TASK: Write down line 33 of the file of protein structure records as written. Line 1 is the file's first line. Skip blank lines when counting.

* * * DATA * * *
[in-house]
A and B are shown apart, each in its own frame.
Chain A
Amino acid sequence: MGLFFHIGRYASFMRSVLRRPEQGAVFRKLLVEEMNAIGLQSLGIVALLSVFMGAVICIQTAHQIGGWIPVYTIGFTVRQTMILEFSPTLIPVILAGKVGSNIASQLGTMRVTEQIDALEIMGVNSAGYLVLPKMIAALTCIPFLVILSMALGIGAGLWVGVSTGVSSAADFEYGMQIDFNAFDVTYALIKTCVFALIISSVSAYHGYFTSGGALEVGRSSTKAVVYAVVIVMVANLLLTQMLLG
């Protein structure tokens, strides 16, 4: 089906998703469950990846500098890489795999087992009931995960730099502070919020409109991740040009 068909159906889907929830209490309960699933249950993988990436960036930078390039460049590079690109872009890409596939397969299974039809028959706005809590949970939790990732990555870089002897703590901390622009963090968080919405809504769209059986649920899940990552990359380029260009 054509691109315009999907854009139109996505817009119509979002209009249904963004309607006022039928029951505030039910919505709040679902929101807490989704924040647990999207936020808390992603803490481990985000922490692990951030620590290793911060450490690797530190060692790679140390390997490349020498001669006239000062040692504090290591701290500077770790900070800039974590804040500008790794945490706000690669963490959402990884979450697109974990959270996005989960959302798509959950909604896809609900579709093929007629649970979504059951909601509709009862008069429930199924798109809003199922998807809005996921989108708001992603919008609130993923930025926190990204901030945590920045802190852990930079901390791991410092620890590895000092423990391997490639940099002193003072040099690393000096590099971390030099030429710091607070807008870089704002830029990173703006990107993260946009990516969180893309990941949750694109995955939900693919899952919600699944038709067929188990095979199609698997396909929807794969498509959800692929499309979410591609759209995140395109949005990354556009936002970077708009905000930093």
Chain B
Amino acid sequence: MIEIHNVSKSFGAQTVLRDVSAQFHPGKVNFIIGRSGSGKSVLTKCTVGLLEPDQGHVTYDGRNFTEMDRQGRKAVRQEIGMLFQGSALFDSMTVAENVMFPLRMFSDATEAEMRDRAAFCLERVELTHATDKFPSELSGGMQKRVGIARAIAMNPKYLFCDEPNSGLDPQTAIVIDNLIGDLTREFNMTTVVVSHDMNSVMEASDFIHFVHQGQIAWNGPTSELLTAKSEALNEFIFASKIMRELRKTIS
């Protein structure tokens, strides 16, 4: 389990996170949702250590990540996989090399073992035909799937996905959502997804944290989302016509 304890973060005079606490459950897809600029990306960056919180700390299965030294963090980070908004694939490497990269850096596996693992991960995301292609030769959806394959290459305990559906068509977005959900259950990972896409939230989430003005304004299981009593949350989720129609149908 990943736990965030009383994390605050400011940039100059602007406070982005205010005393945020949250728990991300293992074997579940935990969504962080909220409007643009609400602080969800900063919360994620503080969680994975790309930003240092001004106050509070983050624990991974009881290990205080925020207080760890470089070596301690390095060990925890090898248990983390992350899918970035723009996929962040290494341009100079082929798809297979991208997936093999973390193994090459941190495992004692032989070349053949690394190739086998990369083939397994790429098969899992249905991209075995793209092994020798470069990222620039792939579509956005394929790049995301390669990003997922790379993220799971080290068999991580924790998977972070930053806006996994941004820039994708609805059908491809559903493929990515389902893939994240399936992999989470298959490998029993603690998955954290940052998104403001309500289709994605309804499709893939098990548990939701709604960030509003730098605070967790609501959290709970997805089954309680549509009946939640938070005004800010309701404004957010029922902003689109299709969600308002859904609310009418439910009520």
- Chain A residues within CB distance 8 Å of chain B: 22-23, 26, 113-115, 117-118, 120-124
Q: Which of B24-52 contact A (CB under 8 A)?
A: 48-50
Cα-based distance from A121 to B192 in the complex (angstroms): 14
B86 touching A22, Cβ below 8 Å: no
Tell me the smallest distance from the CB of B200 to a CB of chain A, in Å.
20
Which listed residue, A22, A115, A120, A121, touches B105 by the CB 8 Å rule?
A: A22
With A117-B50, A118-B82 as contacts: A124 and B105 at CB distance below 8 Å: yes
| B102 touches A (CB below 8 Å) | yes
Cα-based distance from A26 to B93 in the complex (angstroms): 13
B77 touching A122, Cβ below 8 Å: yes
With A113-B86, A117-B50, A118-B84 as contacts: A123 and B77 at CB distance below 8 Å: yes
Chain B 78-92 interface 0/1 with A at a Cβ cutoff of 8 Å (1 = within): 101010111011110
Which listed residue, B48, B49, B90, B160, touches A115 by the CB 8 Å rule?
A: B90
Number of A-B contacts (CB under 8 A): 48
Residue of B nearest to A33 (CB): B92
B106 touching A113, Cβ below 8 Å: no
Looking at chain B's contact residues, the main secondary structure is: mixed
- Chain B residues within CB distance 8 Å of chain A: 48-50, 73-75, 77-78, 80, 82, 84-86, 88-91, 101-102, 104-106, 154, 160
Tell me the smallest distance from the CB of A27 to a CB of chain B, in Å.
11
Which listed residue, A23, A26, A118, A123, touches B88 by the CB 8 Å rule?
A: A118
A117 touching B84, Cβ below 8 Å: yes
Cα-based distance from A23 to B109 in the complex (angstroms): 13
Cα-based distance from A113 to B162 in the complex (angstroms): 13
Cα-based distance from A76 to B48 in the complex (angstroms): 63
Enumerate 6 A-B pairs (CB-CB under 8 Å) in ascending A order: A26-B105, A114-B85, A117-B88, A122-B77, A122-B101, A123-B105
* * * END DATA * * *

Which listed residue, A23, A26, A118, A123, touches B88 by the CB 8 Å rule?